RG .noted that the narrow firebox, used for bituminous coal, was something of a departure for the railroad, which typically burned anthracite. But as the engine was to be used on the Norwich-Middletown (New York) section, it would burn the more readily available bituminous coal. That there was a continuing need for this variation is confirmed by the acquisition of 3 more with a few more tubes in 1907-1908; see Locobase 11404.
Both of the 1899 engines were scrapped in December 1932.
See Locobase 3943 for the first 2 locomotives in this small class, which were produced with narrow fireboxes because the Norwich-Middletown service on which they operated had better access to bituminous coal than the usual NYO&W's usual anthracite fuel. The later locomotives had a few more tubes, but were otherwise virtually identical. Note the unusually long stroke for a North American Eight-wheeler.
22-23 were scrapped in the same month -- December 1932. 24 was sold in July 1935 to the M & U as their #6..
McShane explains that this locomotive was produced "...in order to demonstrate whether an engine of these dimensions and weight would give better results than a compound engine, also whether an engine of this weight in passenger service with cylinders 17x24" and a constant boiler pressure of 180 pounds would not be better than one with 18x24" cylinders, and lagging for steam on heavy grades. It was intended, also, to demonstrate whether such an engine could not be run at a much reduced cost of fuel."
As is often the case with writeups like this, McShane reported that the locomotive had proven to be peerless, being described as having met "... the highest expectations of its designer, Mr. George W. West, Supt. M. P. of the New York, Ontario & Western railway. It has shown a surprisingly good fuel record, as it is run opposite one of their best anthracite coal burners with 18x24" cylinders, and during a test of 14 days when every pound of coal used by both engines was weighed; this engine hauled the same train 2,020 miles at a cost of 3 3/4 cents per engine mile, while the other engine's fuel cost 6 1/4 cents per engine mile: this is considered as near perfect as an engine can be built for burning cheap fuel."
Noting that it is an eight-wheel camelback, McShane adds details: The boiler is supplied by two No. 8 Monitor injectors. The Smith triple expansion exhaust pipe is used, also the Leach track sanding apparatus, and Nathan triple slight feed lubricator."
The 1 remained in service until June 1916 and the 2 until April 1923.
|Principal Dimensions by Steve Llanso of Sweat House Media|
|Class||A - 1899||A - 1907||B|
|Railroad||New York, Ontario, & Western||New York, Ontario, & Western||New York, Ontario, & Western|
|Number in Class||5||3||2|
|Locomotive Length and Weight|
|Driver Wheelbase (ft / m)||8.50 / 2.59||8.50 / 2.59||8.50 / 2.59|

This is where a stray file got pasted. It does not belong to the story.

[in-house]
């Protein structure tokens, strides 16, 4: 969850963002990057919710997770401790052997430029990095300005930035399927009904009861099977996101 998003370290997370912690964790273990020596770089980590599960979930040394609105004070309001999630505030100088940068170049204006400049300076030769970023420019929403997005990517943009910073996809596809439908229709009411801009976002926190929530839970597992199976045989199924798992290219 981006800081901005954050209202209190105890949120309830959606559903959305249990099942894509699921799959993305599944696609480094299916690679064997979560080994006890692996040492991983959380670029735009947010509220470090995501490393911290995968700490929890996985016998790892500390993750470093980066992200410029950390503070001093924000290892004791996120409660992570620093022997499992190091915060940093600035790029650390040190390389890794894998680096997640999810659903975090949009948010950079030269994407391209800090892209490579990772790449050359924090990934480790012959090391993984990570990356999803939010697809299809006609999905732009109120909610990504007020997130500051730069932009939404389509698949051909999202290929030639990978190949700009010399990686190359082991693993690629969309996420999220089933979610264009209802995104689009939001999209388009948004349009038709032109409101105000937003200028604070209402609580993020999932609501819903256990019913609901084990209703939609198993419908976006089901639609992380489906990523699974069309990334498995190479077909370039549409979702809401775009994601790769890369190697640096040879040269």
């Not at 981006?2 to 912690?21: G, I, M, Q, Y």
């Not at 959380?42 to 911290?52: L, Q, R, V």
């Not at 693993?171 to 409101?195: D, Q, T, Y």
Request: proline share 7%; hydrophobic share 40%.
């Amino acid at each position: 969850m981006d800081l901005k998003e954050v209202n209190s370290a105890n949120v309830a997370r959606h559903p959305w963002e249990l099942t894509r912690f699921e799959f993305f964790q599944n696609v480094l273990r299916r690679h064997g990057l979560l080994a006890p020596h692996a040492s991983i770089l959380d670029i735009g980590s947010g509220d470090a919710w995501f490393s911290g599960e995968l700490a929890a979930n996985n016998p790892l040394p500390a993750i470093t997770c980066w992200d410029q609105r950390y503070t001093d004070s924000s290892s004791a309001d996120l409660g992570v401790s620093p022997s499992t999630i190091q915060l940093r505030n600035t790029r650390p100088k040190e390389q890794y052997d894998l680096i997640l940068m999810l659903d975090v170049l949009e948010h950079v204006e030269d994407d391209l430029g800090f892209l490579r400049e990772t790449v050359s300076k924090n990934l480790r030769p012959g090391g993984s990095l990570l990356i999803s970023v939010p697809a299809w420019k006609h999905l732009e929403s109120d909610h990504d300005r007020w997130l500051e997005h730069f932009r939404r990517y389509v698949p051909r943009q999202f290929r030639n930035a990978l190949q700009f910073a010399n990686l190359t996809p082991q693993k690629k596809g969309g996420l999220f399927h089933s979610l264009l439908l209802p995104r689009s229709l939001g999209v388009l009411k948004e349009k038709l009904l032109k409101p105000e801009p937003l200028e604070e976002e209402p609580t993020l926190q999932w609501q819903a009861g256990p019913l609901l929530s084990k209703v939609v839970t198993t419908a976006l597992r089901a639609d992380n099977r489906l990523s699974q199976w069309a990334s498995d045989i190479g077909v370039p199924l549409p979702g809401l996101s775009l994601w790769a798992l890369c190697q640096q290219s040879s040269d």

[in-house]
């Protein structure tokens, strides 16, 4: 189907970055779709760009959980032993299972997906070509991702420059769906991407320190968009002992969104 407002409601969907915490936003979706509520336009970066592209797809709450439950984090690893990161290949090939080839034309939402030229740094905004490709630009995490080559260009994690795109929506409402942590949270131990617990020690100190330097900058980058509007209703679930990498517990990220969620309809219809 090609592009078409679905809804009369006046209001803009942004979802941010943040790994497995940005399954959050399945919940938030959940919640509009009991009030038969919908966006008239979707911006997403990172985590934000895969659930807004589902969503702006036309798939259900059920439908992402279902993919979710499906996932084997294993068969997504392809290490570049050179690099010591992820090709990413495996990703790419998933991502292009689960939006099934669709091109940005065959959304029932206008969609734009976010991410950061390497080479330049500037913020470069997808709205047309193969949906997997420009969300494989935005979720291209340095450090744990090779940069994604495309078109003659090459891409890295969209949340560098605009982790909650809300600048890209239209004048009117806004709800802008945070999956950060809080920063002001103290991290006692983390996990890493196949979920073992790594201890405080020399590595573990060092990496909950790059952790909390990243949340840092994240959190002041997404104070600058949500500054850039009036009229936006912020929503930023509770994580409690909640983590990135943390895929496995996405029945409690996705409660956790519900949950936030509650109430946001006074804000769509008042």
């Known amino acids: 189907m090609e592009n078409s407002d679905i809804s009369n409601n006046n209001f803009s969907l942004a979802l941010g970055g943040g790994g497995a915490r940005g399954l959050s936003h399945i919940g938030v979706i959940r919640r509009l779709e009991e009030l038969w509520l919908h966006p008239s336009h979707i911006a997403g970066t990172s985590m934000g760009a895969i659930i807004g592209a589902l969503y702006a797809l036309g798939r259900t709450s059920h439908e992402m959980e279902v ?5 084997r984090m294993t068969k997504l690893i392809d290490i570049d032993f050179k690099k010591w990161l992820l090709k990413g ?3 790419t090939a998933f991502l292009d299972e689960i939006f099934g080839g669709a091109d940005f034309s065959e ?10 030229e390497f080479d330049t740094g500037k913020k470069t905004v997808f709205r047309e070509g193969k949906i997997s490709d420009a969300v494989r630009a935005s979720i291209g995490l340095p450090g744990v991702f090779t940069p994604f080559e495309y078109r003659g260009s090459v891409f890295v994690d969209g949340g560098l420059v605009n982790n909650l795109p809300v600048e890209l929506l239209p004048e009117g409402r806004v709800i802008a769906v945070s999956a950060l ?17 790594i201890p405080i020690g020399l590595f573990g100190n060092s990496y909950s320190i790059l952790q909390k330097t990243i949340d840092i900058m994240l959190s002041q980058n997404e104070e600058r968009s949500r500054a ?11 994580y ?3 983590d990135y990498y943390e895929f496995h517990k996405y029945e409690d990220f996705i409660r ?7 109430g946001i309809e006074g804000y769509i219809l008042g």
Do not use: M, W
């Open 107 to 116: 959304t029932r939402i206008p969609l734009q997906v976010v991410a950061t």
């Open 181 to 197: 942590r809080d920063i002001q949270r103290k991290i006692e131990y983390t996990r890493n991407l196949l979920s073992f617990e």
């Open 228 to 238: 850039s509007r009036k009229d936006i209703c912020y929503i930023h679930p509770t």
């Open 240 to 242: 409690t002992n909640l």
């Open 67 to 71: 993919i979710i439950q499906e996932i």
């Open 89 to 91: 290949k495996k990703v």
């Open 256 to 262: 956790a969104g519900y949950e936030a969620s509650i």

|Engine Wheelbase (ft / m)||23.17 / 7.06||23.17 / 7.06||23.08 / 7.03|
|Ratio of driving wheelbase to overall engine wheebase||0.37||0.37||0.37|
|Overall Wheelbase (engine & tender) (ft / m)||47.17 / 14.38|
|Axle Loading (Maximum Weight per Axle) (lbs / kg)|
|Weight on Drivers (lbs / kg)||88,000 / 39,916||94,000 / 42,638||76,000 / 34,473|
|Engine Weight (lbs / kg)||133,000 / 60,328||140,000 / 63,503||110,000 / 49,895|
|Tender Loaded Weight (lbs / kg)||82,000 / 37,195||80,000 / 36,287|
|Total Engine and Tender Weight (lbs / kg)||215,000 / 97,523||190,000 / 86,182|
|Tender Water Capacity (gals / ML)||3800 / 14.39||5500 / 20.83||3800 / 14.39|
|Tender Fuel Capacity (oil/coal) (gals/tons / ML/MT)||10 / 9.10||9 / 8.20||10 / 9.10|
|Minimum weight of rail (calculated) (lb/yd / kg/m)||73 / 36.50||78 / 39||63 / 31.50|
|Geometry Relating to Tractive Effort|
|Driver Diameter (in / mm)||68 / 1727||68 / 1727||68 / 1727|
|Boiler Pressure (psi / kPa)||200 / 13.80||200 / 13.80||180 / 12.40|
|High Pressure Cylinders (dia x stroke) (in / mm)||18" x 28" / 457x711||18" x 28" / 457x711||17" x 24" / 432x610|
|Tractive Effort (lbs / kg)||22,680 / 10287.49||22,680 / 10287.49||15,606 / 7078.77|
|Factor of Adhesion (Weight on Drivers/Tractive Effort)||3.88||4.14||4.87|
|Firebox Area (sq ft / m2)||167 / 15.52||167 / 15.52||130 / 12.08|
|Grate Area (sq ft / m2)||24.47 / 2.27||23 / 2.14||63 / 5.85|
|Evaporative Heating Surface (sq ft / m2)||1863 / 173.14||1878 / 174.54||1273 / 118.26|
|Superheating Surface (sq ft / m2)|
|Combined Heating Surface (sq ft / m2)||1863 / 173.14||1878 / 174.54||1273 / 118.26|
|Evaporative Heating Surface/Cylinder Volume||225.91||227.73||201.90|
|Computations Relating to Power Output (More Information)|
|Robert LeMassena's Power Computation||4894||4600||11,340|
|Same as above plus superheater percentage||4894||4600||11,340|
|Same as above but substitute firebox area for grate area||33,400||33,400||23,400|